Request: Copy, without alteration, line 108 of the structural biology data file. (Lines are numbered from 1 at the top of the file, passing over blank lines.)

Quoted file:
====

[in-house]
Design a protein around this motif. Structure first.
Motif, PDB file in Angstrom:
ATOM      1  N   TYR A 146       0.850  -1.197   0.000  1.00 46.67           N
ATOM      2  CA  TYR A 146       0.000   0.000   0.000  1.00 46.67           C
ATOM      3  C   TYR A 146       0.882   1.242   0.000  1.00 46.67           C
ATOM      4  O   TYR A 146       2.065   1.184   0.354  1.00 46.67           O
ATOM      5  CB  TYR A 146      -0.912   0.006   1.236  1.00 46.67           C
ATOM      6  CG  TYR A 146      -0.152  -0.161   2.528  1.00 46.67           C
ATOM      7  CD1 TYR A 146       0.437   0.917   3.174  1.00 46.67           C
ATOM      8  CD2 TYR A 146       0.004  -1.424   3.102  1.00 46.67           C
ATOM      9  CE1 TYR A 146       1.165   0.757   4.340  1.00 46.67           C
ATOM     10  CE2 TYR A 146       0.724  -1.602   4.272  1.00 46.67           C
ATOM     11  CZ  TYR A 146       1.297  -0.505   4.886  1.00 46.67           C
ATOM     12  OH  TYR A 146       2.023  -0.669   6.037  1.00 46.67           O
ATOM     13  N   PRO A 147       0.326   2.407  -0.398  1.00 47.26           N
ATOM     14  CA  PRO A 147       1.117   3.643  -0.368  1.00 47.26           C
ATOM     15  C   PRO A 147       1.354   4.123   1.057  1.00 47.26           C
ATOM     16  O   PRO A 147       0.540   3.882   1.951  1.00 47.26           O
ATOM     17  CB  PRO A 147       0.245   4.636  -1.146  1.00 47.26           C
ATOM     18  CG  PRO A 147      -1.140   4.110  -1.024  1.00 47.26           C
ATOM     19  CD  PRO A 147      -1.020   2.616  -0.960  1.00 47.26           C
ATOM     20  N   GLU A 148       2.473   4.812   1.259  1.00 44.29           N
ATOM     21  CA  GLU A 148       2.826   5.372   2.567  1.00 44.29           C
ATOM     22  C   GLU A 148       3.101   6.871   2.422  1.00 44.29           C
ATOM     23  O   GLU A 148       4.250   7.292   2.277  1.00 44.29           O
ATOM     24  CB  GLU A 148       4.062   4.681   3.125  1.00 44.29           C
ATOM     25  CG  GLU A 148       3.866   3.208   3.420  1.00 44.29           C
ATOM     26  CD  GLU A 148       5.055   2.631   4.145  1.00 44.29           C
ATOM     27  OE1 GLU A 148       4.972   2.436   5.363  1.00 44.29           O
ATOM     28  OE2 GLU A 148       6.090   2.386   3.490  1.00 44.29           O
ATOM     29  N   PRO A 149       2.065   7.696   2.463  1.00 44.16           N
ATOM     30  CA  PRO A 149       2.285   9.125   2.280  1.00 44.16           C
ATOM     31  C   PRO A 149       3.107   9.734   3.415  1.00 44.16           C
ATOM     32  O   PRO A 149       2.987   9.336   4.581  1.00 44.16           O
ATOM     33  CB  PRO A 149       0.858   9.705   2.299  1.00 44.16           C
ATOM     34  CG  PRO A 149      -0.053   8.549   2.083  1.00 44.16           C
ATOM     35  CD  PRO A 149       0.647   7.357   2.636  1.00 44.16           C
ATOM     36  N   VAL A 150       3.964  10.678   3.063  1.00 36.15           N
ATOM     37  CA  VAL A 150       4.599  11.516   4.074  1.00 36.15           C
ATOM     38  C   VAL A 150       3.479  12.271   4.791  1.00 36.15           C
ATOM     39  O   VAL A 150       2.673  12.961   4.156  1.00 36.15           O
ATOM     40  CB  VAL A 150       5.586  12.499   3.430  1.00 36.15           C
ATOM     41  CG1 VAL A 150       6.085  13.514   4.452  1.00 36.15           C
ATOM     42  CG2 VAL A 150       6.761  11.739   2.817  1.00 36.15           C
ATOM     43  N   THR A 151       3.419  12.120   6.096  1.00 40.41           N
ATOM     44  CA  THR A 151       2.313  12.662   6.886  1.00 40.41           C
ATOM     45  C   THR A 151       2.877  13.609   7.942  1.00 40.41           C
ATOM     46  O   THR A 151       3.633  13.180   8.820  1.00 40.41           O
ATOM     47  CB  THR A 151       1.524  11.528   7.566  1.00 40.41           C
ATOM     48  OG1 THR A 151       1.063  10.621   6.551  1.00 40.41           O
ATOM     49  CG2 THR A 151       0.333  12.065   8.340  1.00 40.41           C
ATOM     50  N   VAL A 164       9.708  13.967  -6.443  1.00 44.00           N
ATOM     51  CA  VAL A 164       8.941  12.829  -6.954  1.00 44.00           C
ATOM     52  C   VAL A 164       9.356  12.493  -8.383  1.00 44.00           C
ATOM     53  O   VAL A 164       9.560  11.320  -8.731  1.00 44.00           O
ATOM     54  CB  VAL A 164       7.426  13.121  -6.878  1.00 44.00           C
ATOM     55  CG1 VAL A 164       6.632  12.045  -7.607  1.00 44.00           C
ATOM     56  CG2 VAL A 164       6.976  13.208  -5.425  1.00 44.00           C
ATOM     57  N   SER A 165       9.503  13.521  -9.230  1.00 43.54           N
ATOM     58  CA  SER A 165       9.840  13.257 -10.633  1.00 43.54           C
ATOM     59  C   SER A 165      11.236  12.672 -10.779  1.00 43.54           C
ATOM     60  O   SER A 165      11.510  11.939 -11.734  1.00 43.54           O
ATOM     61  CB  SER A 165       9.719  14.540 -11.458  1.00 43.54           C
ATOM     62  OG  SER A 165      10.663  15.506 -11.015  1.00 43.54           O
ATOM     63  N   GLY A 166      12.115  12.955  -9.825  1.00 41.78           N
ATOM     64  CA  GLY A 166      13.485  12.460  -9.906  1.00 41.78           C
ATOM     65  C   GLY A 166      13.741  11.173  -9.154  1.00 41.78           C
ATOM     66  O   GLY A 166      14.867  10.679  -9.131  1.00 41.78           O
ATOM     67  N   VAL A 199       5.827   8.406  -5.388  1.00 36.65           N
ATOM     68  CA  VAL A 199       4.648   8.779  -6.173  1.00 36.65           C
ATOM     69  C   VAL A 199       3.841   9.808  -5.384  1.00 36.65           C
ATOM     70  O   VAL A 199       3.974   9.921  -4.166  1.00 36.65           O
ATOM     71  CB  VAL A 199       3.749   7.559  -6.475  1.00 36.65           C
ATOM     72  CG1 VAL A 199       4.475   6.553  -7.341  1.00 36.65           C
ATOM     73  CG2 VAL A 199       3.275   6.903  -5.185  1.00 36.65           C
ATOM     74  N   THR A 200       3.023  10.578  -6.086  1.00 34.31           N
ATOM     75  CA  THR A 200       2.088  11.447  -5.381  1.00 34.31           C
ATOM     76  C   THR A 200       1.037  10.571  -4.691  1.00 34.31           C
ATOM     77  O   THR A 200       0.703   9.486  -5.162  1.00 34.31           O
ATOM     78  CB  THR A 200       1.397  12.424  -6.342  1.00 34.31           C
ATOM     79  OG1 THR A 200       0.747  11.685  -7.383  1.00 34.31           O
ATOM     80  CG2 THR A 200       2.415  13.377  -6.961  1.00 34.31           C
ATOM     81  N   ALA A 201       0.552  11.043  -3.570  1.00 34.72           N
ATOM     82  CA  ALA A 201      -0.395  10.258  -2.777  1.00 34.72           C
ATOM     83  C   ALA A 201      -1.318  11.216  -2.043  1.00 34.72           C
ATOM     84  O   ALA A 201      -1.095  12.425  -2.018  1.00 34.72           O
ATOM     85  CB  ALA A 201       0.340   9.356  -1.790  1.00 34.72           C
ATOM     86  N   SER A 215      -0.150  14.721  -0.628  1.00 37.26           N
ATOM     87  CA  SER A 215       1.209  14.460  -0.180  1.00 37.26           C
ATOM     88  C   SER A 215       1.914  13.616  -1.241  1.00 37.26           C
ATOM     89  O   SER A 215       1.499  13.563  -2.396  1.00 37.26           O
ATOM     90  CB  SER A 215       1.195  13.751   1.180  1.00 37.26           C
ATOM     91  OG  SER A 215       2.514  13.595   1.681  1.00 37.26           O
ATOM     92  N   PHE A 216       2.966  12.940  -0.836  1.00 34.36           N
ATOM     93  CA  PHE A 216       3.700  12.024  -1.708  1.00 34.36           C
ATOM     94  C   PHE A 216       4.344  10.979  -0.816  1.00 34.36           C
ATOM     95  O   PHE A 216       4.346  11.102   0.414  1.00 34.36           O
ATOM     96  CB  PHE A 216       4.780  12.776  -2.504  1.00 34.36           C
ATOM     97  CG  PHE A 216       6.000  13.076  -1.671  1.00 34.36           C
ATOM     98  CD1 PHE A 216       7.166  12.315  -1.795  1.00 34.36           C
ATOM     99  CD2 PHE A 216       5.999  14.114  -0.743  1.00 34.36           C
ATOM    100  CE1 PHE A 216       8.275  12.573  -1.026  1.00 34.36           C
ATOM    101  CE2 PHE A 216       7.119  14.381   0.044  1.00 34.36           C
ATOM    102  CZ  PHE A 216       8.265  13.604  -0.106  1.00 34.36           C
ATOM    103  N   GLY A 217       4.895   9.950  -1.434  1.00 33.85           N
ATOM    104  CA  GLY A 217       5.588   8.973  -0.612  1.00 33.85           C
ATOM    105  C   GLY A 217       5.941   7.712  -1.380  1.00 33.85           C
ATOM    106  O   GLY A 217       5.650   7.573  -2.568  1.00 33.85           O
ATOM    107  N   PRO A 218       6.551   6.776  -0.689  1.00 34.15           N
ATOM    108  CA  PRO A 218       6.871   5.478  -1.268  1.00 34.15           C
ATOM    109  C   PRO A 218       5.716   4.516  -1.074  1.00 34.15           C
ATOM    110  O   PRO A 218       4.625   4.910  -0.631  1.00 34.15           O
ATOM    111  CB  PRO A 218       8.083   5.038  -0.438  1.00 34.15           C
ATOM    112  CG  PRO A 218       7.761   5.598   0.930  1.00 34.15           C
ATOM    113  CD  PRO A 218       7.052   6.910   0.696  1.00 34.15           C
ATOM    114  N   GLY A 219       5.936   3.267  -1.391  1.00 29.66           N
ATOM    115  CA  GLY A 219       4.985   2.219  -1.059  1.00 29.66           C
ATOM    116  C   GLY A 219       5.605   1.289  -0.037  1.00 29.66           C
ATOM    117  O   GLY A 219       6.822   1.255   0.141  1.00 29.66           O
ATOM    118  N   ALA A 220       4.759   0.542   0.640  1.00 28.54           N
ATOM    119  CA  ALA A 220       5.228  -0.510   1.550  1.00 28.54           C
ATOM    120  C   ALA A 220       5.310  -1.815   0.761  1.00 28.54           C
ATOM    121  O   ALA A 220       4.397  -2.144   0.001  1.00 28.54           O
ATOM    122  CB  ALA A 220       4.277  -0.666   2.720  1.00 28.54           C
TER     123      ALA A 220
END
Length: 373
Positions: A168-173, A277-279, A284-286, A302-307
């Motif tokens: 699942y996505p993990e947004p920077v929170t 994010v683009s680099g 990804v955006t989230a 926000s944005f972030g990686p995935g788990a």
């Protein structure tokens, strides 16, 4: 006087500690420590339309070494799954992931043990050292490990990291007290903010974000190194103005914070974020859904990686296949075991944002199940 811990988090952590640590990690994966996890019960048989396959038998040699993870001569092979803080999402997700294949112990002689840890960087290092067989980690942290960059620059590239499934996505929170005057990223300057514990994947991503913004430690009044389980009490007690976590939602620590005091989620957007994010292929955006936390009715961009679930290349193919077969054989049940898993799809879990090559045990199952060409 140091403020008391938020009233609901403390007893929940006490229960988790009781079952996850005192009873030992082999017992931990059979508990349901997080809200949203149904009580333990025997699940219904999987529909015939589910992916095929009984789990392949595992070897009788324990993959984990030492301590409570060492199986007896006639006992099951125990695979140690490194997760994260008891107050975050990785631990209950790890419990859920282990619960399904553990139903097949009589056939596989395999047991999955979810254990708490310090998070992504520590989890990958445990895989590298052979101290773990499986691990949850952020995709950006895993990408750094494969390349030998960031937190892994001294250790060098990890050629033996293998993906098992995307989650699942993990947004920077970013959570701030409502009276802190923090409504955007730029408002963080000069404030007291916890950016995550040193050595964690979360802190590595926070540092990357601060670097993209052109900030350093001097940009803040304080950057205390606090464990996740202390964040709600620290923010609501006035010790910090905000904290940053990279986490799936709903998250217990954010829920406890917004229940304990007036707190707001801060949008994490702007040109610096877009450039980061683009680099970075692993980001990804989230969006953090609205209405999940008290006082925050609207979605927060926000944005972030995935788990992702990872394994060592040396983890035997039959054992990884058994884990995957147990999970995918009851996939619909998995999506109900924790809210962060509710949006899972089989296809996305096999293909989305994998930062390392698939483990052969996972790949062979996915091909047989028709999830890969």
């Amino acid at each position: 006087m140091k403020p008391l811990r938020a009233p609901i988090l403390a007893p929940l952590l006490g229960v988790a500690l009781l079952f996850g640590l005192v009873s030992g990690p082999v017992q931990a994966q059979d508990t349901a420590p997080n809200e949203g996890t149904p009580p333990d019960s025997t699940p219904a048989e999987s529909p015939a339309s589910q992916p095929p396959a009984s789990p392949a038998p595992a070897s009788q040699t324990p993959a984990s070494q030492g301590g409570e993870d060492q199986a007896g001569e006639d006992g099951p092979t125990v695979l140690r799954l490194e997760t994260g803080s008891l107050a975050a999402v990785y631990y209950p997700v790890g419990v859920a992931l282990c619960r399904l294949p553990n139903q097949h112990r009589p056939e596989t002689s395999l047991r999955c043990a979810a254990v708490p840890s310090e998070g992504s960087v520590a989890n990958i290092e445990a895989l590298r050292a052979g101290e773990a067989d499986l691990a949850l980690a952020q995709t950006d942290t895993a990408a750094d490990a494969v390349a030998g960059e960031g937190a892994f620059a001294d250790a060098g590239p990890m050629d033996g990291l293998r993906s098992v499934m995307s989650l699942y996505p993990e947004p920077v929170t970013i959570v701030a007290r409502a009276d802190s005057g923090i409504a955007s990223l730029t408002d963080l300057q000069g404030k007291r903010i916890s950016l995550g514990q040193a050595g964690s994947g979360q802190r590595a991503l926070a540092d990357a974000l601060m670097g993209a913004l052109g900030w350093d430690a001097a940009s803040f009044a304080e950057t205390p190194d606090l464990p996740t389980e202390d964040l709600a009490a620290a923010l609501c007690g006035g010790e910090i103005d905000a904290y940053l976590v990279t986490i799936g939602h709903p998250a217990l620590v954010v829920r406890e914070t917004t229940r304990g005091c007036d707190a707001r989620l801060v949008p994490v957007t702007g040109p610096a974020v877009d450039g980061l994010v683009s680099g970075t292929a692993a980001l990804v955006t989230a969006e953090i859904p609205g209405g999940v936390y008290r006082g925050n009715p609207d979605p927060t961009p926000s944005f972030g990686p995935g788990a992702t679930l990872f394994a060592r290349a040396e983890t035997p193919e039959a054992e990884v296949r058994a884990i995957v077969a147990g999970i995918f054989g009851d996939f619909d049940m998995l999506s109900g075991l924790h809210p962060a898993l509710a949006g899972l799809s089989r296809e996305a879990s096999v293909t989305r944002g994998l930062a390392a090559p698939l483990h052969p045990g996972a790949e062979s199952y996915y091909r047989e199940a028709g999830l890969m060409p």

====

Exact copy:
ATOM    105  C   GLY A 217       5.941   7.712  -1.380  1.00 33.85           C